Brownfield sites in five communities will be first in line for restoration money, if Washington County is awarded a $600,000 grant from the federal Environmental Protection Agency.
Wednesday was the deadline to apply for a U.S. EPA Brownfield Assessment grant, and Debora Sielski promised the county’s grant application “will be postmarked by the end of the day (Wednesday).”
She made that pledge to the County Board’s Planning, Conservation and Parks Committee on Wednesday afternoon.
The county formed a steering committee and Site Revitalization Coalition with the communities of Hartford, Jackson, Richfield, Slinger and West Bend to prepare this third attempt to get an assessment grant.
“I’ve been very impressed by the interest of the local communities,” Sielski said. The coalition identified 47 initial sites in the county where the money can be used to test if the brownfields, vacant industrial properties suspected of being contaminated, actually require expensive cleanup projects.
Five sites would get priority, Sielski said:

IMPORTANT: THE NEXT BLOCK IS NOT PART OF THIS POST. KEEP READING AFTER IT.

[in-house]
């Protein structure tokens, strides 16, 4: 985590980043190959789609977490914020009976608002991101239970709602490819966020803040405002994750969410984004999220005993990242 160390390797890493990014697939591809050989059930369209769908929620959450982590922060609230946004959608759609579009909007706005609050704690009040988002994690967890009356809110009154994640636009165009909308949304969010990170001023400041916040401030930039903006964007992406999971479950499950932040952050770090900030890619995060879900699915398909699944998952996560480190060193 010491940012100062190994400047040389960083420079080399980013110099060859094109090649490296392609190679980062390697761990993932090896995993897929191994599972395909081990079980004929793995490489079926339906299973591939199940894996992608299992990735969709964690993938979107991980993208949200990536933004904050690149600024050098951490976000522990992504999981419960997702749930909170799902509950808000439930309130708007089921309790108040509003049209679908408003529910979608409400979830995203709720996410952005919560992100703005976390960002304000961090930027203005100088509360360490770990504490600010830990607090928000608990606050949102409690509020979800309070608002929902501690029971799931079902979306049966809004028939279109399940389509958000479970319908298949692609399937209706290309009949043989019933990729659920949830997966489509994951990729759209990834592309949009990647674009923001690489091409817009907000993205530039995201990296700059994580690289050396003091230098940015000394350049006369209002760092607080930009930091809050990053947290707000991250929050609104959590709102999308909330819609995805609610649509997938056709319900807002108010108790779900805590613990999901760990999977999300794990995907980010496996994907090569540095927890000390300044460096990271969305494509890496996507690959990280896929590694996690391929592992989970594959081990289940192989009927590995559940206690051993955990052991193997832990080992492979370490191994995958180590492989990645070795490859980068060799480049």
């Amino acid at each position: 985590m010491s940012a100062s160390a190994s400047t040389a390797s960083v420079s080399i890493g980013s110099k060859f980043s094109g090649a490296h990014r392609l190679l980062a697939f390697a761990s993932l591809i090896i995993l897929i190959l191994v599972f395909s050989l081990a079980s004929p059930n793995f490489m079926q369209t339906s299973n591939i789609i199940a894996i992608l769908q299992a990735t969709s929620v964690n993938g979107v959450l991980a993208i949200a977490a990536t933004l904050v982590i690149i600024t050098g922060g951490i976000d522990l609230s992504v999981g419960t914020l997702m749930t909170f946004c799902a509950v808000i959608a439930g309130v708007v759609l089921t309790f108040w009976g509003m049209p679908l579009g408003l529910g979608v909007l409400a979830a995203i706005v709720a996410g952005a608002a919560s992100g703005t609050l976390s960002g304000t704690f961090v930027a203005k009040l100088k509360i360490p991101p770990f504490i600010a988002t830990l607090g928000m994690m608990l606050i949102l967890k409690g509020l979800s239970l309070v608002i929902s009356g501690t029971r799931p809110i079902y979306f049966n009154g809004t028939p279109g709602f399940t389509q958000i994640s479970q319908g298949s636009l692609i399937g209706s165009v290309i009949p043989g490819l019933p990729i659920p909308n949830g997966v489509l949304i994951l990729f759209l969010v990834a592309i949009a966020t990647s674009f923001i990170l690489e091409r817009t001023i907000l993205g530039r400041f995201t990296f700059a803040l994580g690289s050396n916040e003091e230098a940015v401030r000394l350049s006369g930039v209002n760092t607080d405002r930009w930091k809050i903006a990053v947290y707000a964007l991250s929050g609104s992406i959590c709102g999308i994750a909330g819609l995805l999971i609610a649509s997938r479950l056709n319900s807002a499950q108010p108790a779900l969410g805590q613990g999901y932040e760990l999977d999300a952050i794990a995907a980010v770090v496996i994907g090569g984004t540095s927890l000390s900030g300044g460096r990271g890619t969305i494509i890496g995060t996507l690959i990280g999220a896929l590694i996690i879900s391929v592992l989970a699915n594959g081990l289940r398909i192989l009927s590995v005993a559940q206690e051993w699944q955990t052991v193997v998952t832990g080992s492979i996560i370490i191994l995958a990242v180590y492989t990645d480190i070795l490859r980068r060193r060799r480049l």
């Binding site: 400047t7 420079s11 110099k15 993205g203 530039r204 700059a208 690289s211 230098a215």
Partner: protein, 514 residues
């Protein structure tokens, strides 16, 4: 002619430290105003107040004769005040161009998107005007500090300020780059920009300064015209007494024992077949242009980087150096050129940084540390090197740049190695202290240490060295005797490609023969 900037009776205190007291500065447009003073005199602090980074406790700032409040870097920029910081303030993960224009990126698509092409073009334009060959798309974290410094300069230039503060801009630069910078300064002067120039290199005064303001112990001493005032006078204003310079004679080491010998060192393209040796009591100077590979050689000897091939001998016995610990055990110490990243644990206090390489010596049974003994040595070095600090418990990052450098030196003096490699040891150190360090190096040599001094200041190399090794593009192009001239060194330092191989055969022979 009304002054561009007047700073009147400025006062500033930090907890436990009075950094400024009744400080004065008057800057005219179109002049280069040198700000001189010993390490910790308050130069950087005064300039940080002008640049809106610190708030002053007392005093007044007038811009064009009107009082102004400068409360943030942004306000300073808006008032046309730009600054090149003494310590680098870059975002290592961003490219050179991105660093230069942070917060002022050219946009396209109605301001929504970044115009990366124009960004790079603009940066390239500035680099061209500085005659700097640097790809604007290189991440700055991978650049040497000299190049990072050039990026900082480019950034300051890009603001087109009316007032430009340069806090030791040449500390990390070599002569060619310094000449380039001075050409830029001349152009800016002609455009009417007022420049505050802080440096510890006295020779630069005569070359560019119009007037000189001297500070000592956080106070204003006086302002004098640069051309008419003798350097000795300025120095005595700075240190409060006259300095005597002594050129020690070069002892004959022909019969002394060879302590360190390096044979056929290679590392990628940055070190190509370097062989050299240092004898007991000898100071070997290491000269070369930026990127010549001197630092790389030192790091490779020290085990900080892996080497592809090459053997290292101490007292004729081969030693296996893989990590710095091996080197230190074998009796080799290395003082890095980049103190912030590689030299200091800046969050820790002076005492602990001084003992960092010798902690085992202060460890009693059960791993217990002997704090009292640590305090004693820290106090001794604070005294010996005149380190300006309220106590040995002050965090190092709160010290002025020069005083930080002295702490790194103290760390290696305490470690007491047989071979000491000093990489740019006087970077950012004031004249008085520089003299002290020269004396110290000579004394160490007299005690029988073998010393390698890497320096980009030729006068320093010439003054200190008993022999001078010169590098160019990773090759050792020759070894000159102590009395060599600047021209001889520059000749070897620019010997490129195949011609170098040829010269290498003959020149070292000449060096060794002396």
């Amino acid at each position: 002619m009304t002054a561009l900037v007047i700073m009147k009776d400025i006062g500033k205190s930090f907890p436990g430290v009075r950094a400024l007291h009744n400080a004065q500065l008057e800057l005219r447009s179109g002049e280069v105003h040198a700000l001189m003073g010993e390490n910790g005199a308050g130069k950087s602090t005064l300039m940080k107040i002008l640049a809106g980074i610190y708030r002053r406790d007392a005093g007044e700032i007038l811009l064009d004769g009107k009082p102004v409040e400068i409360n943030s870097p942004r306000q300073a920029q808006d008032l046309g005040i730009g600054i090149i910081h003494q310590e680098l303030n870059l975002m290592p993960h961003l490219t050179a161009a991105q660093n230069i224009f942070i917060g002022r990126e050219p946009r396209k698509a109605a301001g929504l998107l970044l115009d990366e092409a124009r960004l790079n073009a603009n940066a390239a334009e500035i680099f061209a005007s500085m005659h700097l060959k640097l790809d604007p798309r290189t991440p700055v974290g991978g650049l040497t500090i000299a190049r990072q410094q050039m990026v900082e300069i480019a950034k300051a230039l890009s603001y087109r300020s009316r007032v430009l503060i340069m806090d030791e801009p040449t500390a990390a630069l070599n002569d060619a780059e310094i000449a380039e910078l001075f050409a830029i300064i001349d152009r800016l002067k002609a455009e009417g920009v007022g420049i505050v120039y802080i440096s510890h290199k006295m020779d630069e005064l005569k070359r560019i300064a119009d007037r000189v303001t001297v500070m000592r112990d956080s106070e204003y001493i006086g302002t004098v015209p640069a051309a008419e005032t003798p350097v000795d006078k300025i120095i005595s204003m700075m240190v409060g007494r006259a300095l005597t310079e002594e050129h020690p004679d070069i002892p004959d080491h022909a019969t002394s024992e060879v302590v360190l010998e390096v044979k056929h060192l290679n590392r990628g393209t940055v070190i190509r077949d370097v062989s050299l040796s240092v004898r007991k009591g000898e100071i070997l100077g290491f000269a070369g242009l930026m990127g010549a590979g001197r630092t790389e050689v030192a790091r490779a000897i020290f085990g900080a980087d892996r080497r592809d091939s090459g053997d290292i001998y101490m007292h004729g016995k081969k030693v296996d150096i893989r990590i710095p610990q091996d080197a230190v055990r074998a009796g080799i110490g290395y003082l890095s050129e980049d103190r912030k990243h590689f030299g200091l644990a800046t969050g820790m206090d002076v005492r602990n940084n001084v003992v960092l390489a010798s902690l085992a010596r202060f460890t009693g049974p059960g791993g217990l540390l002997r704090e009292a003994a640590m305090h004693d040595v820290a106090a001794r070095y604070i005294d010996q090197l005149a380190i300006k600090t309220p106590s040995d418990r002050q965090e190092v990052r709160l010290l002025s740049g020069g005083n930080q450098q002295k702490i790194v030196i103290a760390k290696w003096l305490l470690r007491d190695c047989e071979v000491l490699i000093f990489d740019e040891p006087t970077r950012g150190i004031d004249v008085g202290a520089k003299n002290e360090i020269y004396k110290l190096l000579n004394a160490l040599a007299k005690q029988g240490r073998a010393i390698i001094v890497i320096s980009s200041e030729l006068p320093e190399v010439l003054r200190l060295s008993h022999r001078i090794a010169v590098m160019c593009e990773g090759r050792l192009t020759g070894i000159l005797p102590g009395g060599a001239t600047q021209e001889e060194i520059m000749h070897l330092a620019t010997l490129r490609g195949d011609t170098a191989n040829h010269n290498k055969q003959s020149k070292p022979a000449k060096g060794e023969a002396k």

■ WB Place, Hartford, a former tannery on 3.8 acres with 1,300 feet of Rubicon River frontage;
■ Center Street Redevelopment Area, Jackson, 10 parcels in the historic center of the village;
■ Historic Highway 175, Richfield, 12 parcels between the highway and a railroad right-of-way;
■ Former Niphos Coating facility, Slinger, on Oak Street near the village’s downtown, where more than 8,800 gallons of hazardous chemicals had to be removed in the fall of 2012;
■ Former Praefke Brake and Supply Corp. site on Oak Street, and the O’Conner Yahr Oil site, West Bend.
About $200,000 would go to the five priority sites, Sielski said, with the remaining $400,000 used at the other 42 sites on the list.
The county’s first application for the grant in 2011-2012 was rejected, Sielski said, but EPA officials did offer advice on what needed to be improved for this second goround. Forming a steering committee and involving local municipalities were two EPA suggestions.
Removing suspicions about possible contamination or verifying and removing contamination would make these sites salable to potential development, Executive Director Christian Tscheschlok of the Economic Development Washington County said when the Site Revitalization Steering Committee was formed. He is on the committee.
Until that question is answered, he said, brownfield sites have little chance of being re-used. According to a 2006 state Department of Natural Resources survey, Washington County has at least 110 suspected sites that may be contaminated by petroleum or other industrial products.